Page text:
More than 8,100 farmers markets across the country play integral roles in their local food systems and economies, providing an avenue for farmers to sell their food directly to consumers.  Valuing their contributions, the federal government supports farmers markets by making parking lots and plazas available as market sites, and requiring building managers to accommodate the needs of market managers.

The Farmers Market Coalition, a nonprofit organization dedicated to strengthening farmers markets across the U.S., recently partnered with the University of Wisconsin to launch a new project called, “Indicators for Impact.”  In this project, we are pilot testing indicators associated with 27 metrics that will advance our understanding of the relationship between marketplaces and other actors in their built environments, such as the economic impact on surrounding businesses, and the ecological impacts of the farms.  We are working with markets in the Gulf Coast, Chesapeake Bay, and Northern Appalachia areas to provide market managers with the tools for data collection, analysis and reporting, which will help them advance their goals and better articulate the contributions of markets to the community’s quality of life.  The data collected will then be aggregated to create an online database on farmers markets across the country.

We worked from the literature on marketplaces and directly with market managers to select metrics of interest, which we are now operationalizing.  The metrics address a variety of indicators, such as, “acres in organic or third party certified ‘sustainable’ production,” and, “percentage of visitors using non-auto modalities to access the market.”  Many are concerned with food access and food security, such as how low-income or senior citizens access federal food benefits programs at marketplaces.  Managers will learn how to collect and analyze data on these metrics, and use that analysis to support market and community goals and relationships. 

See prototypes of the project’s graphic metrics reports.

Marketplaces are multifunctional spaces that activate existing environments and stimulate economic activity.  They have been and continue to be the scaffolding for many economic, health and social purposes, providing spaces for health screenings, school food education, and other services beyond the traditional scope of food provision.  Because of these linkages, the data provided by the Indicators for Impact project will be a valuable resource for public health practitioners, nonprofit organizations, schools, and municipalities.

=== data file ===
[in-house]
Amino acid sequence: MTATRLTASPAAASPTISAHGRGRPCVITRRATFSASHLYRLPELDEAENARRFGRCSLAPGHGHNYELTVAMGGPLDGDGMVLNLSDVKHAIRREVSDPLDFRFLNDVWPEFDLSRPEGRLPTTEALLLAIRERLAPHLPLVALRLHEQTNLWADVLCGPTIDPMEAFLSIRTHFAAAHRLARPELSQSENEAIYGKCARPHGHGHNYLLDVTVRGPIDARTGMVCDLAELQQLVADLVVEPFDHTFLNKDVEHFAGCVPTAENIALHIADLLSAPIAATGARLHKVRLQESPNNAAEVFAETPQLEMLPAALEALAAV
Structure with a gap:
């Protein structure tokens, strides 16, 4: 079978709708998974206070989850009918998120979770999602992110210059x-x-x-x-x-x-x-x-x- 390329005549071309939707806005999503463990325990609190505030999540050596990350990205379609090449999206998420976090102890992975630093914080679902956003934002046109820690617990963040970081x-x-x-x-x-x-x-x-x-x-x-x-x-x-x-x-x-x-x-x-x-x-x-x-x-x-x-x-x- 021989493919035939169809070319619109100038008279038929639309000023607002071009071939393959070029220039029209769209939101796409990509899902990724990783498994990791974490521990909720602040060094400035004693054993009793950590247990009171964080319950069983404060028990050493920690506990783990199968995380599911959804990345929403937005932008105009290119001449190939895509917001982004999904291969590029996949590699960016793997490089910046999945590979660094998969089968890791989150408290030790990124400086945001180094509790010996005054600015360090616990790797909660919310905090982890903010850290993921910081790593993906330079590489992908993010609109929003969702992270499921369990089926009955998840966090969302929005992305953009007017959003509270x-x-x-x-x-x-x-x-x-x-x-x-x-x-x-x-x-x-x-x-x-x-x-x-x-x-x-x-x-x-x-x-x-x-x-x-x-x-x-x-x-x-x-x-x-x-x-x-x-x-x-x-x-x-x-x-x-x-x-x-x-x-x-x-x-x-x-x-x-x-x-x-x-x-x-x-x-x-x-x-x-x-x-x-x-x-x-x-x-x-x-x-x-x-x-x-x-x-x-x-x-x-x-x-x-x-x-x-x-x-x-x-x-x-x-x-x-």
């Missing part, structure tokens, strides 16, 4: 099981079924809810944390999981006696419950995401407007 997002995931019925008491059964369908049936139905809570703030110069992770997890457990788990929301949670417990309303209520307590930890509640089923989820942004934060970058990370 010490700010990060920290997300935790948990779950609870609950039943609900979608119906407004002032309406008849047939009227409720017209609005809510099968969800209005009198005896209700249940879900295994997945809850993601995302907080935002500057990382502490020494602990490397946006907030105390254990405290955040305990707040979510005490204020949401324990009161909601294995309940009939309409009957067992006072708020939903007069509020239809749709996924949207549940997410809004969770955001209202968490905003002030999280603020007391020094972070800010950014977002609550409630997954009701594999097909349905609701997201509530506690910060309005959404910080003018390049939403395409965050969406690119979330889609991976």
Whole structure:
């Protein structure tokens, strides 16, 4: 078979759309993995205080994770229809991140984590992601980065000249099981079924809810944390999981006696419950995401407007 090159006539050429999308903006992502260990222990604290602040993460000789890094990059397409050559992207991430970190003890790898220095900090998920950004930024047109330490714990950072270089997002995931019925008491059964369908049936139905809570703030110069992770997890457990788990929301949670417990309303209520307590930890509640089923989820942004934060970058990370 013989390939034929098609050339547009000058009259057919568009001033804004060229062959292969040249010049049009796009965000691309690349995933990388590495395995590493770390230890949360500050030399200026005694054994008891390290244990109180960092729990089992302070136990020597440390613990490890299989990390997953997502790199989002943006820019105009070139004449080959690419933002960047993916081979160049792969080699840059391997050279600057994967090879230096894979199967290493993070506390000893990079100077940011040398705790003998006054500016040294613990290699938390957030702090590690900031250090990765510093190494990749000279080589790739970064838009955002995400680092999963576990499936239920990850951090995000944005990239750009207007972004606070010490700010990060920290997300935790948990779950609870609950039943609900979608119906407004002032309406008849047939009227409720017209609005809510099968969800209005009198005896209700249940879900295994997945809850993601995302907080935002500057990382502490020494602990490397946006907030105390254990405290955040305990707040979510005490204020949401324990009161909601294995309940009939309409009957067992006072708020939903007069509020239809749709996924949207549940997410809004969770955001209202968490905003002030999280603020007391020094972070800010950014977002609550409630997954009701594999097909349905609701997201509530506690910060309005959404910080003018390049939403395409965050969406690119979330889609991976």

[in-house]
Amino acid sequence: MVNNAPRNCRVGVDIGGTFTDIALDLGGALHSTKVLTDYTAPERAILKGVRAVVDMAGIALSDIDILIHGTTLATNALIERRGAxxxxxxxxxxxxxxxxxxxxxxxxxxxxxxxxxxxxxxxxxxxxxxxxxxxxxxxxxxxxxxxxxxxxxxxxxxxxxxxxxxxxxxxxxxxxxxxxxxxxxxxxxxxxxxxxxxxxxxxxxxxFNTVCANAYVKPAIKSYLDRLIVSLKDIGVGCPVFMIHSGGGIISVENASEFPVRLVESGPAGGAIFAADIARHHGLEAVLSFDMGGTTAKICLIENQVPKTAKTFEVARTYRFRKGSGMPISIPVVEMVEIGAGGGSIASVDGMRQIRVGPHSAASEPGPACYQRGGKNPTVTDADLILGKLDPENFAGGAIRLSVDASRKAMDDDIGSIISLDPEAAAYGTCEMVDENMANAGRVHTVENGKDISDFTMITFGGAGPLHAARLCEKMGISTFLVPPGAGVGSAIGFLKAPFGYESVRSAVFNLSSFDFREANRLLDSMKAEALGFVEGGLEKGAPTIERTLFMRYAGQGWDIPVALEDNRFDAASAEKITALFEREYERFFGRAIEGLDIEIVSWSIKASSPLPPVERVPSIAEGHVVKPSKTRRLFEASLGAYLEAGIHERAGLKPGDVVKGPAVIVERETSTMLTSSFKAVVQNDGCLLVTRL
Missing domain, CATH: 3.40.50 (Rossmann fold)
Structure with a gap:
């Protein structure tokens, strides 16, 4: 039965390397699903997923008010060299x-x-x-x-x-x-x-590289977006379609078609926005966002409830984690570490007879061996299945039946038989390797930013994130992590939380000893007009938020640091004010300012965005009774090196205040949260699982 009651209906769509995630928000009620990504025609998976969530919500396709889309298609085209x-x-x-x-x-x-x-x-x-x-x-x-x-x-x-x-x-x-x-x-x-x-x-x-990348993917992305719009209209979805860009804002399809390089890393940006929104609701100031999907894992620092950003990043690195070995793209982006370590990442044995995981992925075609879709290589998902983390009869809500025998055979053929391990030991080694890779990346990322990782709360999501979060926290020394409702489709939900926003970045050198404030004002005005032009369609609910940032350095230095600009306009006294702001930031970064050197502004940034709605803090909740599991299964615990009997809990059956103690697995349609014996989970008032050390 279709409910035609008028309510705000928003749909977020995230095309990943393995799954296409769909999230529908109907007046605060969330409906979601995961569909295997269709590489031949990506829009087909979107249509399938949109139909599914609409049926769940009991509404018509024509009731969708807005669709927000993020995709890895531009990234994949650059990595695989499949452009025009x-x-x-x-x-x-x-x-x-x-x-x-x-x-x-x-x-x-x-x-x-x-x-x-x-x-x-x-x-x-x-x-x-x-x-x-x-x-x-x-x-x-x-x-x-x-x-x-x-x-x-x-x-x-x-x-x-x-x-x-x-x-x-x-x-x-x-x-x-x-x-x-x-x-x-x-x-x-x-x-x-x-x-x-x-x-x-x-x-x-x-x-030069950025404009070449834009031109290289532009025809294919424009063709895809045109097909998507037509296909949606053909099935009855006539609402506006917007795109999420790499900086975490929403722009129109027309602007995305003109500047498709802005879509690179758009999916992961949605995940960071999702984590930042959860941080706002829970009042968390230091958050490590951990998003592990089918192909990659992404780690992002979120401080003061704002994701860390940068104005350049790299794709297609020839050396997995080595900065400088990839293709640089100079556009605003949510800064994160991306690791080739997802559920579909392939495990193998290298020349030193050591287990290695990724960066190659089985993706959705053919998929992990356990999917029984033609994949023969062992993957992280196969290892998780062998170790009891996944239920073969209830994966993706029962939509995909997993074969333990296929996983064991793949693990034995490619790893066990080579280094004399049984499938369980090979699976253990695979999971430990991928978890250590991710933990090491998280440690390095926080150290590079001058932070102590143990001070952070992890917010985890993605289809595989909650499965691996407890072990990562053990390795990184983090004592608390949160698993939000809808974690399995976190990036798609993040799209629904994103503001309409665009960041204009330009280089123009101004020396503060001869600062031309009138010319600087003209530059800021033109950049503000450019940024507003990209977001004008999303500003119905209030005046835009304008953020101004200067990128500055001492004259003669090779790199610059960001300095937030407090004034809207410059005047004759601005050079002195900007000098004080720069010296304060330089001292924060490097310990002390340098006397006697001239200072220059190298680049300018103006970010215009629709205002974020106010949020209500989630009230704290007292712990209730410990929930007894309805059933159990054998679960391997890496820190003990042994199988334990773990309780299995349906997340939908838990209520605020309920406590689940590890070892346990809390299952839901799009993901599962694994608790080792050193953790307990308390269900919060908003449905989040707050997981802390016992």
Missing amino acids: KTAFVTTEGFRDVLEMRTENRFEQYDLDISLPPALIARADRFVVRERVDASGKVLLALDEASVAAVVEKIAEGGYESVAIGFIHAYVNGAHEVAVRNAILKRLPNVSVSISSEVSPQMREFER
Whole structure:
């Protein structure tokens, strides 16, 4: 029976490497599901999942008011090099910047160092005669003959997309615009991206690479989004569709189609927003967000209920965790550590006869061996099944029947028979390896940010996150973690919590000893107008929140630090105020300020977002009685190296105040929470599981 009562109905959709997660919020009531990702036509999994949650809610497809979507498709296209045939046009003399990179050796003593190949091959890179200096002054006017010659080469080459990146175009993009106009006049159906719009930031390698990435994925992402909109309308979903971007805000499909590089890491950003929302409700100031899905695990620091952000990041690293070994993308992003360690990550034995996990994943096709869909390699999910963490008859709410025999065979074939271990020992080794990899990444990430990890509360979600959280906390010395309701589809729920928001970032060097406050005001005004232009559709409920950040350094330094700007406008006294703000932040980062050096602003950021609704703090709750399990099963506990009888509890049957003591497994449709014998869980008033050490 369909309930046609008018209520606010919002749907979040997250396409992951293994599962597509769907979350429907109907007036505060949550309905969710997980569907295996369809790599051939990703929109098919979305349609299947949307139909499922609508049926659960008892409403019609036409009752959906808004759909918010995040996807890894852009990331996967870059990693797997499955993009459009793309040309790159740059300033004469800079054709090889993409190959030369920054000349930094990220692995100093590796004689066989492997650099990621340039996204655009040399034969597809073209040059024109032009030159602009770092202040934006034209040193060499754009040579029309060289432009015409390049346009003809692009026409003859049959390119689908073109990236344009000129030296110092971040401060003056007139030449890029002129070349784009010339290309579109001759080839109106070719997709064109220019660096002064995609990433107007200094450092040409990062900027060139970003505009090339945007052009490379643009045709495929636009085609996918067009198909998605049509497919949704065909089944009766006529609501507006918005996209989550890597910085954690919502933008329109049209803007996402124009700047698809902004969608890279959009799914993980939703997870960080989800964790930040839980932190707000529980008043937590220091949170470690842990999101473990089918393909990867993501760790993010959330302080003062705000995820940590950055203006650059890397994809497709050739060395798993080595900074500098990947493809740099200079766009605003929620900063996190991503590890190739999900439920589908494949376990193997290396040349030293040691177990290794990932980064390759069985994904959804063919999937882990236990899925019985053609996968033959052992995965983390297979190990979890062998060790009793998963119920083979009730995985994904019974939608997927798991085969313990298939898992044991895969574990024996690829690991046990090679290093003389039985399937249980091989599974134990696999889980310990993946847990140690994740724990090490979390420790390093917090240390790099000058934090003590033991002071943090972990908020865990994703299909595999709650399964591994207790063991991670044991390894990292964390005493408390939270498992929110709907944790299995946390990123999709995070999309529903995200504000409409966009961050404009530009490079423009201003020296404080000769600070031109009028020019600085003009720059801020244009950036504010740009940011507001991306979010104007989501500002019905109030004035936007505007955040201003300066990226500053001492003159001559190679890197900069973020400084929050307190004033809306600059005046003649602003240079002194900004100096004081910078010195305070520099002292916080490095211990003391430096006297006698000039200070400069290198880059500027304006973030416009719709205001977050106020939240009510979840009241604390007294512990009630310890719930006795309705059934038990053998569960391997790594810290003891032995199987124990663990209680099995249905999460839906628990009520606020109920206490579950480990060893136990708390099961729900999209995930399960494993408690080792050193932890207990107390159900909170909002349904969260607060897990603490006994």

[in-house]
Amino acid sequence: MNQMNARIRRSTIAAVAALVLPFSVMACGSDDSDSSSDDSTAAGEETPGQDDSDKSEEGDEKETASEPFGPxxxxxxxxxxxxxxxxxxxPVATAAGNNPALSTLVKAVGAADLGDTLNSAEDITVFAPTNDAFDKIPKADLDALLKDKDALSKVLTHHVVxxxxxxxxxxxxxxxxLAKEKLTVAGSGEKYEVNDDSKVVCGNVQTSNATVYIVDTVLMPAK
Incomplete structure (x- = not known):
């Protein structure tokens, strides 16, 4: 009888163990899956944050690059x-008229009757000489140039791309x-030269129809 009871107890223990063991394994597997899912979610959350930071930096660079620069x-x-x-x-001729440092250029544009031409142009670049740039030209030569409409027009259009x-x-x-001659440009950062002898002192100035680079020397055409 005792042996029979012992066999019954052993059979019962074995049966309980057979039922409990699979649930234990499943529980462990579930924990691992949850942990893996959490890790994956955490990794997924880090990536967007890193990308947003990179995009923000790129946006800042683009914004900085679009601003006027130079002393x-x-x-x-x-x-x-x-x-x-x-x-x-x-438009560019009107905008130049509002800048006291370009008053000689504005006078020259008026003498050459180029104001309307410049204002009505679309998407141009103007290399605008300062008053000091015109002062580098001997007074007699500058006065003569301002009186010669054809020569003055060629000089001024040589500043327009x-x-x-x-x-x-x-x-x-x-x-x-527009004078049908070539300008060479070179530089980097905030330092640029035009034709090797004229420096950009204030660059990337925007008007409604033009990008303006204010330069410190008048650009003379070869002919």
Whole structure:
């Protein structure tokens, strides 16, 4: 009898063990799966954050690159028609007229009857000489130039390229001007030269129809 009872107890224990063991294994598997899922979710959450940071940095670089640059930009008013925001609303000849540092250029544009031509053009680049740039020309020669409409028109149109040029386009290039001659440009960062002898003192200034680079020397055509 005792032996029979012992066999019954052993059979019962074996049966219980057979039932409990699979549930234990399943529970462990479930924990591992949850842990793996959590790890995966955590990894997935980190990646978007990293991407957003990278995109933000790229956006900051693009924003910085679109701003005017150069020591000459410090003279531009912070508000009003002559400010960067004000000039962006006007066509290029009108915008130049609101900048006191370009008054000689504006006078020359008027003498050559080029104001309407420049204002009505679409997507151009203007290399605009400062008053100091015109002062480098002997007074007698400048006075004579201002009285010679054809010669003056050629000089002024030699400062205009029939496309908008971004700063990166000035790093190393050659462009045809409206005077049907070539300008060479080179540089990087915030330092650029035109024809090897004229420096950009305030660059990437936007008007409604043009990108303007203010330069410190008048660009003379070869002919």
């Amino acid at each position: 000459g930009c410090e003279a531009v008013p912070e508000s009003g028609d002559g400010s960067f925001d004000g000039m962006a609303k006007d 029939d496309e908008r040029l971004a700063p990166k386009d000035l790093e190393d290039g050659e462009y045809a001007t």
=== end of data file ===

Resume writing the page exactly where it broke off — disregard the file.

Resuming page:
The Food System Wiki:  A Guide to Understanding Food Systems

The Food System Wiki and its companion documents, an annotated bibliography and a resource for extension professionals, were initiated in 2010 as a project for my class, Markets and Food Systems, at the University of Wisconsin-Madison, with support from the Journal of Agriculture, Food Systems, and Community Development (JAFSCD), and the U.S. Department of Agriculture (USDA).  The wiki aims to present a comprehensive guide to food systems and agricultural development–related terms. It is a collection of scientific, political, and popular words, terms, and acronyms: all things food systems-related. We believe that these terms provide an accurate overview of both everyday and not-so-common phrases about this growing field, and will support the work of a wide range of students, academics and professionals.